A business based on commissions would always have conflicts that need to be managed? The stockbroker’s incentive is to sell you the product on which he gets the largest commission not necessarily the one that is the best investment for you, leading to conflicts of interest. However, it becomes a fraud when the conflict of interest leads to a gain from taking actions that are detrimental to a party in the transaction, through misrepresentation of facts.
One of the notorious methods used by stockbrokers in collusion with an investor for personal gain is “pump and dump”. This is when a stockbroker who owns a security (of an investor) artificially inflates the price by upgrading it or spreading rumors, and then sells the security. This rise in prices can entice more people to believe the hype and then buy shares as well. The stockbrokers will then sell their shares and stop promoting, the price will drop, and other investors are left holding stock that is worth nothing compared to what they paid for it. It is a conflict of interest because the stockbrokers are concealing and manipulating information for his gain and to make it misleading for the buyers.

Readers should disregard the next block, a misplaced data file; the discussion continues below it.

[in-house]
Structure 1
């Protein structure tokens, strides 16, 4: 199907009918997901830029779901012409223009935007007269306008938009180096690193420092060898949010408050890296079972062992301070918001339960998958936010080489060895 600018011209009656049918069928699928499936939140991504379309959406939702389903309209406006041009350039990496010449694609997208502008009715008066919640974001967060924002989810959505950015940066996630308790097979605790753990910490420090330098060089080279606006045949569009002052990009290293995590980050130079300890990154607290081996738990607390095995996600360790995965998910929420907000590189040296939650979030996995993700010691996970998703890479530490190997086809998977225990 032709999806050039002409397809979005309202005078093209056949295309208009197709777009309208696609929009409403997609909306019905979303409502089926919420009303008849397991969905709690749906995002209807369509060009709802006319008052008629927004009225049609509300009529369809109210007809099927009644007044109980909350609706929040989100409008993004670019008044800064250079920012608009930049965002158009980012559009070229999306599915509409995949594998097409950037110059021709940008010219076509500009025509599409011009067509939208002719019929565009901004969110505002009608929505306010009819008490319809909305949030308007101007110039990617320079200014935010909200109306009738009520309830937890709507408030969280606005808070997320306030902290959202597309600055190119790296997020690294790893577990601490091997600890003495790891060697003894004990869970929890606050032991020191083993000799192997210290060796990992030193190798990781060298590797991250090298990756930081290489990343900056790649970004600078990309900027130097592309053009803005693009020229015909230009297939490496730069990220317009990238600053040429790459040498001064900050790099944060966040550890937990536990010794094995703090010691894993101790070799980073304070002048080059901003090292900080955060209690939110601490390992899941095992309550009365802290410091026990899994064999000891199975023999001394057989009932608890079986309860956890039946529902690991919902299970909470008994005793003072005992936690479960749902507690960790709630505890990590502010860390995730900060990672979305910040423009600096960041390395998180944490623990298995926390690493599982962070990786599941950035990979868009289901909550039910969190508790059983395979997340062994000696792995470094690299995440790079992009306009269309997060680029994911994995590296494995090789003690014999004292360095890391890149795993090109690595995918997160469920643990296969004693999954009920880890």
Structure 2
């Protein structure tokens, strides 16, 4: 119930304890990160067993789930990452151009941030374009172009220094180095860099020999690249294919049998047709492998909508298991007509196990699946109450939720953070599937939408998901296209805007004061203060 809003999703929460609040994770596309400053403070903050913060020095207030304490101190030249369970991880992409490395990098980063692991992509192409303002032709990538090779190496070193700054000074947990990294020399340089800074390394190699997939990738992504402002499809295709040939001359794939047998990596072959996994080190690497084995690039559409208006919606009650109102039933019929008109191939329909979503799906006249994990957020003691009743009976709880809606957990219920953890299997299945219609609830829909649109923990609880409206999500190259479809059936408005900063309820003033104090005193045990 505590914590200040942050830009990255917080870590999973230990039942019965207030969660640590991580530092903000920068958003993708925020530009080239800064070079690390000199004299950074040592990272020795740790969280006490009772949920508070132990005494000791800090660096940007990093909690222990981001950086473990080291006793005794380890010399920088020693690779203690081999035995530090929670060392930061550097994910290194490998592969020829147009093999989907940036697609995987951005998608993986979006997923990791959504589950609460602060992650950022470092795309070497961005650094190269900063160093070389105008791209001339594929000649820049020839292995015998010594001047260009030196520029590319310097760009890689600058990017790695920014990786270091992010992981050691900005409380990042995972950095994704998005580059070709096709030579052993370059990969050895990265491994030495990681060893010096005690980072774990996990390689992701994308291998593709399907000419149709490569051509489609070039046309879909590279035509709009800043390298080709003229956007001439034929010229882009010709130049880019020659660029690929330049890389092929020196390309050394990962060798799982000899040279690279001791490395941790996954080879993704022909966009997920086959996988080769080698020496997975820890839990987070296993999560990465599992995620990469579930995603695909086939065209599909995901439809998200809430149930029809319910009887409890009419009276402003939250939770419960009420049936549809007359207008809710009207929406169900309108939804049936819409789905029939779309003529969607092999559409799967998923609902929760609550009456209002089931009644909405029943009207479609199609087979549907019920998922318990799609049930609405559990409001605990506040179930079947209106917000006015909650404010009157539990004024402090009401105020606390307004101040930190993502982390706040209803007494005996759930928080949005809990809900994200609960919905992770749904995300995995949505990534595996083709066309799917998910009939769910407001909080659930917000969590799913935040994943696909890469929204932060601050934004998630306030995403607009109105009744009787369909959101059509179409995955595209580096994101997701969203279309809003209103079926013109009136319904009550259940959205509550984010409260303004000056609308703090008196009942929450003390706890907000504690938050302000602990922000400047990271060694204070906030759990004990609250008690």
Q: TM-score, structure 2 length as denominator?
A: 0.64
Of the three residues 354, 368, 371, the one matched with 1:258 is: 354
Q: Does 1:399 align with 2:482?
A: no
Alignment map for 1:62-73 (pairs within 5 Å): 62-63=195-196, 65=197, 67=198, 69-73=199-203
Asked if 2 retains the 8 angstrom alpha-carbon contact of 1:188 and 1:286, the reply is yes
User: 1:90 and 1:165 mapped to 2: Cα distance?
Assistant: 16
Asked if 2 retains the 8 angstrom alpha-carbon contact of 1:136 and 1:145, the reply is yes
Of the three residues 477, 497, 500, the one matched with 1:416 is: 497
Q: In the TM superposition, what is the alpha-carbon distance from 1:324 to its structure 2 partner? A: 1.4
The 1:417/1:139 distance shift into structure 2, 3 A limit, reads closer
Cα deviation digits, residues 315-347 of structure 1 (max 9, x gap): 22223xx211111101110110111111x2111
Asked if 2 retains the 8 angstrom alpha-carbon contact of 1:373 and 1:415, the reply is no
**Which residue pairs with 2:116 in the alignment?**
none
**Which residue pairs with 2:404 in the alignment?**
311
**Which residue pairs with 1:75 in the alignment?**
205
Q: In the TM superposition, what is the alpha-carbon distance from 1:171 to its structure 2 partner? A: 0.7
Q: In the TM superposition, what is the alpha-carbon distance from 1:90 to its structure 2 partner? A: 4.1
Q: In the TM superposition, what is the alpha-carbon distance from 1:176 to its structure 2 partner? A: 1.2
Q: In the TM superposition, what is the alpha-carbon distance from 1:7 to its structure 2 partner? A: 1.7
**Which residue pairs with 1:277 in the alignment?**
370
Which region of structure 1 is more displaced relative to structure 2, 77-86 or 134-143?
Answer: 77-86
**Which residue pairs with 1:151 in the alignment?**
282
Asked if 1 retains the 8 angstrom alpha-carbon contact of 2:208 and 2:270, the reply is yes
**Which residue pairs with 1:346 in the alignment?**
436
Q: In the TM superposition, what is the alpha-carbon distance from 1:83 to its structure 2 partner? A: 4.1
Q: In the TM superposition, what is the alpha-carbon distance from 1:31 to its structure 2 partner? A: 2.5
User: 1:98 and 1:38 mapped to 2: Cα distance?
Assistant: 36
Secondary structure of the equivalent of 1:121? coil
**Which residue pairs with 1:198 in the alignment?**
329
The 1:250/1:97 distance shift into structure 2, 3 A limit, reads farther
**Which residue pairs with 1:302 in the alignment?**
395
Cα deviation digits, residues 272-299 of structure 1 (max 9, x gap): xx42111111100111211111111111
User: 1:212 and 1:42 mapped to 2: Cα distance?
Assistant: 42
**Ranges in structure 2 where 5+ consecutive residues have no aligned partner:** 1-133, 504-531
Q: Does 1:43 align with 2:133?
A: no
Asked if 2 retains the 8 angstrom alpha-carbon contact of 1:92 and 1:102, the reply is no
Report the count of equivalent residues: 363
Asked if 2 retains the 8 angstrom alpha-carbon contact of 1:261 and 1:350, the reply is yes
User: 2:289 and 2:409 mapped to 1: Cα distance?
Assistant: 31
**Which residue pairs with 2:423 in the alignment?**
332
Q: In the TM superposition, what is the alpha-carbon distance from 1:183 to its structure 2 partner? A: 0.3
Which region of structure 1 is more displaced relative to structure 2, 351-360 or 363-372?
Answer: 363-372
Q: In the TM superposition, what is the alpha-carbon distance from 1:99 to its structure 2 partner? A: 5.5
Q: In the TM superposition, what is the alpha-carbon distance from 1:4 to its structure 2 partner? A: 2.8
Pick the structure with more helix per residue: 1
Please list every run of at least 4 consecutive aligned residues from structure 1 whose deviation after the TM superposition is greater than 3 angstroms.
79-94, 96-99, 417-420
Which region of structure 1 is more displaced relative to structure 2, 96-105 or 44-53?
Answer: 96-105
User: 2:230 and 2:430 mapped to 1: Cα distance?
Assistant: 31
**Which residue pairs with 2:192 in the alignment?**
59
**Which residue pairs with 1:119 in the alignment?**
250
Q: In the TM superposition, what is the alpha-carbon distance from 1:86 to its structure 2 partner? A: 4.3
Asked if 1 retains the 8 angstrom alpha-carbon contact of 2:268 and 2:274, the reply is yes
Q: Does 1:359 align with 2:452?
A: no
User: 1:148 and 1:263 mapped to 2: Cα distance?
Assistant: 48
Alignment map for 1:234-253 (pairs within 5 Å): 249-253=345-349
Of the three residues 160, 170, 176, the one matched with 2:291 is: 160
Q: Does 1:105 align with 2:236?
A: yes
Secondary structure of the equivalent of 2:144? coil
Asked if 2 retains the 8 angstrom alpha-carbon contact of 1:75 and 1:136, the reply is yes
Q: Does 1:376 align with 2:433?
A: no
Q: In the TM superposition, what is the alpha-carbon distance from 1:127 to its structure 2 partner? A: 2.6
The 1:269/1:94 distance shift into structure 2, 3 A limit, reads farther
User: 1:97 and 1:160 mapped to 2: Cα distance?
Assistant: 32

Another fraud which is difficult to prove is when the stockbroker conspires with its investment advisory arm to over price IPO stocks and dump them on unsuspecting clients. They make the front loaded fees and the commissions in addition to other undisclosed benefits. The buyers of the stock lose when the price starts stumbling towards its fair value. Facebook’s IPO under investigation was compared to pump and dump schemes, bringing the underwriters and bankers to the issue under criticism. Locally, few companies did a similar exercise to dump over priced IPOs on investors, in 2012, with no worries of consequences!